Damn and dammit can be used to express frustration or dismissal (as in “Damn you.”) Ass can be used as an insult or description of anatomy. You could say someone has a nice ass, or someone could “fall on their ass” which sounds much sharper and more painful than landing on their butt.
Language can also be used to define a character. I’ll use my novel Waypoint as an example. Harper Beiden detests swearing and even grows frustrated and angry at others for the usage of what he considers crass words. Nicolas Rubel swears almost non-stop because he’s a blustering bully. Cale Farari rarely swears but when he does, the reader pays that much more attention because they know he’s frustrated or desperately trying to get a point across.
Sex can also be used as a literary tool. When Salem finally loses has sex with a woman, it is clumsy and awkward and slow as she leads his inexperienced body through the motions. When Basker and Mazel have sex for the first time, it’s out of mutual desperation after long periods of hardship. They’re able to push find fleeting comfort in each other where the world has given them none. Kight is promiscuous and loves both men and women. She is confident in that, picky in who she chooses and unfazed by the comments anyone chooses to fling her way (Oberyn Martell of Martin’s A Song of Ice and Fire is much the same way).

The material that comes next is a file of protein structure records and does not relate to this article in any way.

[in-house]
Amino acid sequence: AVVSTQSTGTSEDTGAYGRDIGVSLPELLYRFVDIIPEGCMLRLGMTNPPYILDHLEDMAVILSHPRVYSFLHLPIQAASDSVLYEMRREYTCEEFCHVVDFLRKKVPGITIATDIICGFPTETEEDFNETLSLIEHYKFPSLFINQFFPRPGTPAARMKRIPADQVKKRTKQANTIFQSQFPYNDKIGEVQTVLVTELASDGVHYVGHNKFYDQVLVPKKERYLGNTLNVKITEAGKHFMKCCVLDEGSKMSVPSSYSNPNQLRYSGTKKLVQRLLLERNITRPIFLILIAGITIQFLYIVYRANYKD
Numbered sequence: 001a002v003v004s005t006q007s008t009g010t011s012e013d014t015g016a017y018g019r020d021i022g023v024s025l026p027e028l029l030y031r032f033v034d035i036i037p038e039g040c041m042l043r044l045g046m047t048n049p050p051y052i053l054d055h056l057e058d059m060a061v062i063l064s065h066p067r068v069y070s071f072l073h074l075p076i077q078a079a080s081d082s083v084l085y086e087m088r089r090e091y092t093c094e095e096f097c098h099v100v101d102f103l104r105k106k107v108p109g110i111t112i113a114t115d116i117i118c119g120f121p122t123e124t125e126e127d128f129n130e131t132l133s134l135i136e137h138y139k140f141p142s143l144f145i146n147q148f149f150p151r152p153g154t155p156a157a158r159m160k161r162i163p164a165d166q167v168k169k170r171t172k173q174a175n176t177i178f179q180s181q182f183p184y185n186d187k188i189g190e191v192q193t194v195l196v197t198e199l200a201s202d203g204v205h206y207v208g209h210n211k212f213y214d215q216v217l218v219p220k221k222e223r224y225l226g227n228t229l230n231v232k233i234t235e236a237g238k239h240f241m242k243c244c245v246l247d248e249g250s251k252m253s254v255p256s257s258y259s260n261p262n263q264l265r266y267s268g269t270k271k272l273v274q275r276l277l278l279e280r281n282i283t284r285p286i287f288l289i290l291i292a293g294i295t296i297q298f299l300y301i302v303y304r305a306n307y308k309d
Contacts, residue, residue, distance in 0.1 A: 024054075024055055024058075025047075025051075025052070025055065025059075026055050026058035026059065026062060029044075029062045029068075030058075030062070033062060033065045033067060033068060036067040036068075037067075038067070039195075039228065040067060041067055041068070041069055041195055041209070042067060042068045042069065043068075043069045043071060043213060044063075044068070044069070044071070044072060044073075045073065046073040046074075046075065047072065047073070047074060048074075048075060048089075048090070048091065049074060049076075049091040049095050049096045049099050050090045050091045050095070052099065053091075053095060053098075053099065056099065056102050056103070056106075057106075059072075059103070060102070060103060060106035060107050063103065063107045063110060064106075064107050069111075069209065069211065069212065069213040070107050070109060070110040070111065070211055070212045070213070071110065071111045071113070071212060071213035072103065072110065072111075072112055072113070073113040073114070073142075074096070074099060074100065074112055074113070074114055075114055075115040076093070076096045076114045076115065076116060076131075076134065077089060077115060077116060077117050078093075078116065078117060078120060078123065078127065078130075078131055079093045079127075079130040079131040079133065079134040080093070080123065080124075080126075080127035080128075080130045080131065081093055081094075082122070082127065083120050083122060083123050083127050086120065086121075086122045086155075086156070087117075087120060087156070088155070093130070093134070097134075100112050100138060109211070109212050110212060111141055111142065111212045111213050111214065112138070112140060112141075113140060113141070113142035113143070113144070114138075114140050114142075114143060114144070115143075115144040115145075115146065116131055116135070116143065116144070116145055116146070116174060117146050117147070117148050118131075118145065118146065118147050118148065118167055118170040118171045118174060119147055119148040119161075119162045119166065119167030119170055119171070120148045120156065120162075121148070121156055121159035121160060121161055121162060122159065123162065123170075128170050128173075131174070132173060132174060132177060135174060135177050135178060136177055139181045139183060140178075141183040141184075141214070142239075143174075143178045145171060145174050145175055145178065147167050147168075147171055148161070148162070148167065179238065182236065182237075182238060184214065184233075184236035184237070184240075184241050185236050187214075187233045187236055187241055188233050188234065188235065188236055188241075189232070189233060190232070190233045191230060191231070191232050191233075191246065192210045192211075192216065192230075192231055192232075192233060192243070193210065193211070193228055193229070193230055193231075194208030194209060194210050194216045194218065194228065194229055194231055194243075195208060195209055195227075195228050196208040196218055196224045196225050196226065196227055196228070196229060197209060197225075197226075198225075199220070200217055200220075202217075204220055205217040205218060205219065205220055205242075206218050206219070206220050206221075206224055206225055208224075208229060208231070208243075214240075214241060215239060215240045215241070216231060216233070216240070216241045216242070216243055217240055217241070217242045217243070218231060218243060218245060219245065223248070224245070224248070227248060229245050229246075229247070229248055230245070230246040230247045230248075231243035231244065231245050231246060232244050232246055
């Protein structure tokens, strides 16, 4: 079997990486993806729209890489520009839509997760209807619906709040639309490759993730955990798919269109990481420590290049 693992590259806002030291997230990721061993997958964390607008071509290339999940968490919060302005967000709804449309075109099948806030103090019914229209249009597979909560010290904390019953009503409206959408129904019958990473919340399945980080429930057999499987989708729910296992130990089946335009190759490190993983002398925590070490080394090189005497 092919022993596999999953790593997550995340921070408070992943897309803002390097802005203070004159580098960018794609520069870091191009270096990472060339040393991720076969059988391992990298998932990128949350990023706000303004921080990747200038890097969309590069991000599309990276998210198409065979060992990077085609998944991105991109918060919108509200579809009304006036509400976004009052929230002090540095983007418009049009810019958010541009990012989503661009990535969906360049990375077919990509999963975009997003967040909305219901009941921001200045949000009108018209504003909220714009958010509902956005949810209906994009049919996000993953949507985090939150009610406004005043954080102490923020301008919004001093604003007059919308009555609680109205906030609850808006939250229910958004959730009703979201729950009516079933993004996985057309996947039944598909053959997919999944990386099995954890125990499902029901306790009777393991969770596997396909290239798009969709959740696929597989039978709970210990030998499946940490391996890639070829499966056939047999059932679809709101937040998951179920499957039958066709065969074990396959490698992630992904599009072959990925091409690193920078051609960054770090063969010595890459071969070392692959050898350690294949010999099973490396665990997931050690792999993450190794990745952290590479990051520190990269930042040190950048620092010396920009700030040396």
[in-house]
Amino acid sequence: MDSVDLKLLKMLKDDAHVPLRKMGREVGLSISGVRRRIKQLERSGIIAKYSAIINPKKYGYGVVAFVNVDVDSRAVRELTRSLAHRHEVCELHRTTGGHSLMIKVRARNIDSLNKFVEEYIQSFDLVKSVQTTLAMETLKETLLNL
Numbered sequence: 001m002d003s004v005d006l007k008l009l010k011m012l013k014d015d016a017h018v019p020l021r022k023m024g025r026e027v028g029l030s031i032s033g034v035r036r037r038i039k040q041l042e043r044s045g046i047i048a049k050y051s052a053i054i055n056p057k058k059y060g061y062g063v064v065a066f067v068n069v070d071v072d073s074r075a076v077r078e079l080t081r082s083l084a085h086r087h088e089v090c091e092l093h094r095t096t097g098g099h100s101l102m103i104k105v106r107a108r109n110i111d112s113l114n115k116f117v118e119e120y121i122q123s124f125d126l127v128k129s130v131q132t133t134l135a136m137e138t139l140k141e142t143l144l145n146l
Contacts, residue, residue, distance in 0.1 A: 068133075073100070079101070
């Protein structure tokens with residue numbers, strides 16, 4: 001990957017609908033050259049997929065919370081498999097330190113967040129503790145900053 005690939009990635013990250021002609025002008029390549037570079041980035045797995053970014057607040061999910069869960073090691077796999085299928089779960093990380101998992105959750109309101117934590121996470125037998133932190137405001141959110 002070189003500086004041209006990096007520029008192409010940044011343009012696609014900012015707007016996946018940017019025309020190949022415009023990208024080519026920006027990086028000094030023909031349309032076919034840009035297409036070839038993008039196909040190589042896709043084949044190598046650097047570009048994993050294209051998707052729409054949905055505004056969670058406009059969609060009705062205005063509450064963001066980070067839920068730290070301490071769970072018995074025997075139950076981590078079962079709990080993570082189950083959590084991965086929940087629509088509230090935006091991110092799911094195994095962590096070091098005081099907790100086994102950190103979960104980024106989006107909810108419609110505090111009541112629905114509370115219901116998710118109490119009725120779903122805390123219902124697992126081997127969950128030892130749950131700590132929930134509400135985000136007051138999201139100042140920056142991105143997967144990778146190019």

Bottom line, I suppose, is this: Sex and swearing are facts of life that your children will be exposed to much sooner than you might expect, via classes or conversations or what-have-you. But growing up is a complicated thing and sex and swearing will be integrated into their lifestyles in varying degrees as they get older and especially once they hit teenage/young adult years. If sex is something you want to save and swearing is something you detest, that is fine. But don’t decry the use of it in art and literature when the world has always been a collective culture where these things exist and different people have different appreciations of them.
Utilizing these things in books and scripts and poems allows for a more accurate portrayal of feelings and diversity and the confusion that comes with maturity.
Basically, shit happens and people will give fucks. Just try not to be a bitch, bastard or asshole about it, dammit.